It is joined by Armor Hunters: Bloodshot #1, the first of a three-issue miniseries that I now understand will function as a stop-gap between runs of Bloodshot proper. Yeah. This is going to sit for a while, sadly. I’ve heard amazingly good things about these books, but I just feel like a max of 25-ish issues for ever title is so reasonable to collect before reading…
Lastly, we have the book I was actually capable of picking up and reading, because I’d already read all three of the preceding issues: All-New Doop #4. I didn’t read the last part of the first volume of X-Force when Milligan and Allred took over from the Liefeldian inanities it started as¹ and X-Statix baffled and confused me when I saw it. It looked all “wrong” for an X-book–not a “this looks boring and I don’t want to read it” like X-Factor² the X-Force that preceded theirs, but just…wrong. My love for the Allred-pencilled (and later co-written) FF made me reconsider when I saw those series-ending issues, and snapped them up (except 3-4) for $1 each. I picked up the Wolverine|Doop 2-issue miniseries, and the entirety of this current series, too. It was all just intriguing.
The book is weird. Super-weird. It’s functioning outside expectations for an X-Men book entirely, but everyone’s familiarity with Doop, and his interactions with Kitty especially, make it work despite this–that, and the fact that his “marginal” existence means it’s supposed to be metafiction anyway (of a kind), so it all works out perfectly well, somehow being both utterly wrong and completely acceptable at the same time. We’re an issue away from its end–whether it was intended to end the series or just the story, it’s ending the series now. I’d say that’s sad, but I think he’s a character that “should” stay in this format. Overexposure would be his ruin–bad enough that he’s learned a new language…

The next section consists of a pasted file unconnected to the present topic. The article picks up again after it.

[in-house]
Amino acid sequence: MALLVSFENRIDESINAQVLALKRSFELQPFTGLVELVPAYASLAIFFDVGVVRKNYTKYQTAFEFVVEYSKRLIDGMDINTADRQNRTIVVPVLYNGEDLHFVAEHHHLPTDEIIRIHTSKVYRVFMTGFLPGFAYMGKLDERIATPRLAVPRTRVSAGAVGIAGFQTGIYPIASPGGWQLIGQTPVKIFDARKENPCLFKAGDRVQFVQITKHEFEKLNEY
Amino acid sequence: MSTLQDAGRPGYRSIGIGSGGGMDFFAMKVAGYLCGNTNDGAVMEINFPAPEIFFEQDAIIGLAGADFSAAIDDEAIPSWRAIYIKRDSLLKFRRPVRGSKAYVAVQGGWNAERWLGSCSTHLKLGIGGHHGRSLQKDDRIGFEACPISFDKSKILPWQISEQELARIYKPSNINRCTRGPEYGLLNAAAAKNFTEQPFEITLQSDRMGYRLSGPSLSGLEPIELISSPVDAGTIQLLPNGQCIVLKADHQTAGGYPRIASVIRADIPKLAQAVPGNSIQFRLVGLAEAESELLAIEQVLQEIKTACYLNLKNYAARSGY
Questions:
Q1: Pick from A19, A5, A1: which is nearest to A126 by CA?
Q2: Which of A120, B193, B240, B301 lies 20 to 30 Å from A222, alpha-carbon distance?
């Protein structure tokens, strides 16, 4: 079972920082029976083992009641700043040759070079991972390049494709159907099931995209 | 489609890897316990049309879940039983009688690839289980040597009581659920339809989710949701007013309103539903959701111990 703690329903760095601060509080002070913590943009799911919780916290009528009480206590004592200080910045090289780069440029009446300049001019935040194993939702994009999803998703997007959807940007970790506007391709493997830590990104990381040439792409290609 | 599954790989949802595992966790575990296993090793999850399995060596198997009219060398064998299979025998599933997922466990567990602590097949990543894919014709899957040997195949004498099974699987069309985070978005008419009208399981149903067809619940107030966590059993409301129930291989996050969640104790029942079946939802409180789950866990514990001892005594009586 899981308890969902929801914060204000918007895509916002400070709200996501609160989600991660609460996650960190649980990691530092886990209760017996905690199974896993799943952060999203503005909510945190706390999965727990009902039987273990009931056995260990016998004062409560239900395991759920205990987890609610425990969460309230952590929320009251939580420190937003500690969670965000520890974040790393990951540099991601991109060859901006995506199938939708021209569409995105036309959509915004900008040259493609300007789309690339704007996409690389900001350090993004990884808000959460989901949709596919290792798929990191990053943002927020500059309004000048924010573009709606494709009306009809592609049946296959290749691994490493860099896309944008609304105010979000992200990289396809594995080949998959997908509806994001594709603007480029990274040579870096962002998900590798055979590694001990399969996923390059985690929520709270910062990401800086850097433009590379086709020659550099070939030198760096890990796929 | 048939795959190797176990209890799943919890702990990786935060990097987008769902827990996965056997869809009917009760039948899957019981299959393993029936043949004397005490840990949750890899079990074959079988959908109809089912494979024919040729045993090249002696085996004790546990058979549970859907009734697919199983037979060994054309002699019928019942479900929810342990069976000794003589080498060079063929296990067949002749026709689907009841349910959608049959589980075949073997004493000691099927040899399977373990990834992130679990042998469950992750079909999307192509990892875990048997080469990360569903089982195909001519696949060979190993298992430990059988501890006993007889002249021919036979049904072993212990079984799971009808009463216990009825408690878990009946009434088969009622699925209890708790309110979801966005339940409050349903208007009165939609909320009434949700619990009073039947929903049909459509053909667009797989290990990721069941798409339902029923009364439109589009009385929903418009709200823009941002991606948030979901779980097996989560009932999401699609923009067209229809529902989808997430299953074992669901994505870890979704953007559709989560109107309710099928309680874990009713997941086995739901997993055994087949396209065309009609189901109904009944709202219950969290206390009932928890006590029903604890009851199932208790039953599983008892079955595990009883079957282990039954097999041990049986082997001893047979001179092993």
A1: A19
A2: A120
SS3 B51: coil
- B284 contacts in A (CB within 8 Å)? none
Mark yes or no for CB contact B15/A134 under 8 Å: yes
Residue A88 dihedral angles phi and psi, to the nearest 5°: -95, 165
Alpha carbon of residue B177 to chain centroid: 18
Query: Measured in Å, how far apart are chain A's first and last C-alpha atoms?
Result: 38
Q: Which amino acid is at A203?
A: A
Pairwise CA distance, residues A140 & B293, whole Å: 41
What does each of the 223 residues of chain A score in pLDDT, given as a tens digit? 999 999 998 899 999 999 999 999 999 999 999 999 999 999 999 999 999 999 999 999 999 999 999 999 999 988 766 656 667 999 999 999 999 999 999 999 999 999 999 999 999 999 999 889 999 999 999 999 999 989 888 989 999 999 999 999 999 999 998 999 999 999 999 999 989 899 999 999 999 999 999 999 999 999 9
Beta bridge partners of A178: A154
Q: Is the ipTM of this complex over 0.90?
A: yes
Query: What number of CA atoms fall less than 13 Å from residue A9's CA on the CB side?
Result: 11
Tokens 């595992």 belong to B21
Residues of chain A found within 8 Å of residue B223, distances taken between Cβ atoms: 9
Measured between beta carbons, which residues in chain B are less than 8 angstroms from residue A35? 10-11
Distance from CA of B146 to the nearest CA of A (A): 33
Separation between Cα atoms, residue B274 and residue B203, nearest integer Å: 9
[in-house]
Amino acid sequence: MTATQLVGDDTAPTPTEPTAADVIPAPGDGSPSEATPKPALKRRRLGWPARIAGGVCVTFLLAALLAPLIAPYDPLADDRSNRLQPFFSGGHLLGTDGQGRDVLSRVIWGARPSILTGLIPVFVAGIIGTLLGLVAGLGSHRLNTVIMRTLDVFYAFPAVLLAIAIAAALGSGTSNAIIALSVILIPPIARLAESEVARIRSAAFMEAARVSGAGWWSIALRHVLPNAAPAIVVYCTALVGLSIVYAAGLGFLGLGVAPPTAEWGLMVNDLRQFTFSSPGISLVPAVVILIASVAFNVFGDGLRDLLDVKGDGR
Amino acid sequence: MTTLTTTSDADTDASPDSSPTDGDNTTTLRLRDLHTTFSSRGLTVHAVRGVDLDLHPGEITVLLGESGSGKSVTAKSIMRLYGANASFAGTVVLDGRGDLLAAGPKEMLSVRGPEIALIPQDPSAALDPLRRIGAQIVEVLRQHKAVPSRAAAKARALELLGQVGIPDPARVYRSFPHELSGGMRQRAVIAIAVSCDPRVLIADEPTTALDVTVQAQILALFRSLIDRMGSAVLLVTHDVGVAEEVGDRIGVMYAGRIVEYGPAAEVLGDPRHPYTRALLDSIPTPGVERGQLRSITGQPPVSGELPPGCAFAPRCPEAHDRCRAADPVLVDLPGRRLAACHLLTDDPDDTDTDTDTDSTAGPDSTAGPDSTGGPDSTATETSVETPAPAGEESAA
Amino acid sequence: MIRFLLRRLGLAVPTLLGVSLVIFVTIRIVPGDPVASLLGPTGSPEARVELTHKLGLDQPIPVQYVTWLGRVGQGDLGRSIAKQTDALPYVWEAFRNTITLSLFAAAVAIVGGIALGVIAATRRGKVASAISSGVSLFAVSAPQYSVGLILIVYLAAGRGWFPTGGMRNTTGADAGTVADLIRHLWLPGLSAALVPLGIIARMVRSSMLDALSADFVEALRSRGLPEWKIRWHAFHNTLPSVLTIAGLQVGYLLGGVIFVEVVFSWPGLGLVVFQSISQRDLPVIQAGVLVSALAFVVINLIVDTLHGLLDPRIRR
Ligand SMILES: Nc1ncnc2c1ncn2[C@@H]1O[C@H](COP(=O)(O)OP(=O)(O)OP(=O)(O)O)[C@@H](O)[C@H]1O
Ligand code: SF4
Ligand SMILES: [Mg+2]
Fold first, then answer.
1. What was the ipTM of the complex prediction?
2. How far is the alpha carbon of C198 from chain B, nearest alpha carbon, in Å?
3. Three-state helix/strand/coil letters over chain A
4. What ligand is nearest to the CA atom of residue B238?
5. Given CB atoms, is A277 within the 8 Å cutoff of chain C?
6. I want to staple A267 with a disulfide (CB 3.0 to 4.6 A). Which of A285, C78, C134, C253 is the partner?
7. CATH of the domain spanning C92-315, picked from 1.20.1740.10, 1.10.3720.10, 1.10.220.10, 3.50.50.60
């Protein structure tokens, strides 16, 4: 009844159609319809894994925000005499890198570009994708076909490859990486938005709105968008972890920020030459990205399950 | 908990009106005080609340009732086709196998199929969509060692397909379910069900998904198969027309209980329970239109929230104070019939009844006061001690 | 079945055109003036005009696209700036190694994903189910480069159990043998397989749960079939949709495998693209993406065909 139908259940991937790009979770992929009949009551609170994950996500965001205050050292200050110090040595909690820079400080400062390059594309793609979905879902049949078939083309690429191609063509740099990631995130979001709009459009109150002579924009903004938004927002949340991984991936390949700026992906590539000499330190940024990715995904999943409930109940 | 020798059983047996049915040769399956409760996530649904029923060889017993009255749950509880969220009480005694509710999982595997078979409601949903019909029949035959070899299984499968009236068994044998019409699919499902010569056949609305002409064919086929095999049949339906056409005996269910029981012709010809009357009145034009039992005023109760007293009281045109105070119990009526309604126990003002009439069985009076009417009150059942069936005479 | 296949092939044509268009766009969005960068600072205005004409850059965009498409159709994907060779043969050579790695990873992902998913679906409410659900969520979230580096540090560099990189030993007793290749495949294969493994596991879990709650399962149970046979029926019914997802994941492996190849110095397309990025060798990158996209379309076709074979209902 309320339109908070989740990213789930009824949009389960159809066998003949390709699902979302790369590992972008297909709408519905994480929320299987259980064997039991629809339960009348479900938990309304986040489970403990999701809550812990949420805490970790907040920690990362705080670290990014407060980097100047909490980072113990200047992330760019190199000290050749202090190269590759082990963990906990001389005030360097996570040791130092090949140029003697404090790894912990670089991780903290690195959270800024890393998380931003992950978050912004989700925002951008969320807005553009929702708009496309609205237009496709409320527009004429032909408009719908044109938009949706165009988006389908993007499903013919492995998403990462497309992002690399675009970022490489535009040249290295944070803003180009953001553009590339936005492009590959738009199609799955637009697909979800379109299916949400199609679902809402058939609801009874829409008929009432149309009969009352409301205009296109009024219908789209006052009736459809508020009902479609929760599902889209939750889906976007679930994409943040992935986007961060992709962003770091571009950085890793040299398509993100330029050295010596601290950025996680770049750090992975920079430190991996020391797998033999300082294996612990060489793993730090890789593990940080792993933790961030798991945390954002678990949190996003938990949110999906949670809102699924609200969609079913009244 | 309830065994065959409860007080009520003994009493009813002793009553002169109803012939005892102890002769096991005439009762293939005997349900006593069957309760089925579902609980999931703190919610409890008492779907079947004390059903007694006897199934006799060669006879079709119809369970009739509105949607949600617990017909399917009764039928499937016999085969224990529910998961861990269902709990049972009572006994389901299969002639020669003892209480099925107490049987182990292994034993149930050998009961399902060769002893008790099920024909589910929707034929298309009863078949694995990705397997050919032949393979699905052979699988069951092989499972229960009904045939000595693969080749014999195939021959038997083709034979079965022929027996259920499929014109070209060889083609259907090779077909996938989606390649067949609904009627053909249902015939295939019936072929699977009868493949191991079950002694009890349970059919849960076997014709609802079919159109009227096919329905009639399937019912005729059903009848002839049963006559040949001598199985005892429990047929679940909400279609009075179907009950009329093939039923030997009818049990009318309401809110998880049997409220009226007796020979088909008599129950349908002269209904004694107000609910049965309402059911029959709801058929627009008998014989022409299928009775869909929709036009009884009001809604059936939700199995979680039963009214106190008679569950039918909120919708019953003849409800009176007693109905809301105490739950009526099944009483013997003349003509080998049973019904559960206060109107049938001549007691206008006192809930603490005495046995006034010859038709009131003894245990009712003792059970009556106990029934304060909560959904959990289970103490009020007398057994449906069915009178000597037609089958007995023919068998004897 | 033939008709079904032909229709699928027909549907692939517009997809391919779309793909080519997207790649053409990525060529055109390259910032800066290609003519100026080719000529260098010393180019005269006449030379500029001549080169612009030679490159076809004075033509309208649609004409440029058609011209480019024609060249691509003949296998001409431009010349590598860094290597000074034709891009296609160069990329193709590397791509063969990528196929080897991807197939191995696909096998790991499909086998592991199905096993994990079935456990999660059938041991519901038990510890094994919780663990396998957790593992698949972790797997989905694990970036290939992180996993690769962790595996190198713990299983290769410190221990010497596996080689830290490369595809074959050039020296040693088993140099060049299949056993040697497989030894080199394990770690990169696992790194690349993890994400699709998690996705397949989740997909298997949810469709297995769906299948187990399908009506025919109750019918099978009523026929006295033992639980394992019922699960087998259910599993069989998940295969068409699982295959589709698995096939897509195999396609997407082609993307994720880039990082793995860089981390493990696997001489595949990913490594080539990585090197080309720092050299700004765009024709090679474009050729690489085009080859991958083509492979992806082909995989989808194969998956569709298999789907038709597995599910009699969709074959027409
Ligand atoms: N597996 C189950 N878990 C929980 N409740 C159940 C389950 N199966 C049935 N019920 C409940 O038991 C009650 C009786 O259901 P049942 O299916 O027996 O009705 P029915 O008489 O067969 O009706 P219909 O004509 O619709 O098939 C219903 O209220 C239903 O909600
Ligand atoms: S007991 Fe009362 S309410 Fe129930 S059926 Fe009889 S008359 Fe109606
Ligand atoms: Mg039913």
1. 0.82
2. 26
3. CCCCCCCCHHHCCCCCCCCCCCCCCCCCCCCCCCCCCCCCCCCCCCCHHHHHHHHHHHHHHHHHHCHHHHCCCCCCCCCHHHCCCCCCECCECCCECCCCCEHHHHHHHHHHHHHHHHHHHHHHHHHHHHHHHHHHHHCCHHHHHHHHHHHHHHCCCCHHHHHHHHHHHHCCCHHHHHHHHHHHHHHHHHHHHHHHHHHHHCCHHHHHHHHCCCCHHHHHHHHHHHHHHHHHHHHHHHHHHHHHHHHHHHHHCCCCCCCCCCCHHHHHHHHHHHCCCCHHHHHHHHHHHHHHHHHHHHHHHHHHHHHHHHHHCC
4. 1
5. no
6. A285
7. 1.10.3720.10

I’ve been reading Secret Avengers (the first volume) and Venom (as in “Agent”) and Scarlet Spider and such in the “background” to try and catch myself up to reading other series (like the current New Warriors), but I’ll spare any comments there, other than Remender made Avengers and Venom both super good, and Bunn took Venom down to the end quite well after him. Shame that book’s gone–and a bit of a shame the first Secret Avengers aren’t the ones that stuck. But such is life, with these things!
¹To be fair, I’ve got some issues from grab bags and such, as well as cross-over issues, but still largely avoided that book like the plague, despite growing up on X-Men, as I thought the team was composed of stupid, boring, 90s characters. Even as a kid in the 90s. I know that it escaped that mentality at some point, somewhat, at least.
²The clearest sign of my changing tastes. Thanks to Peter David, I think I own more X-Factor than any other single title, now.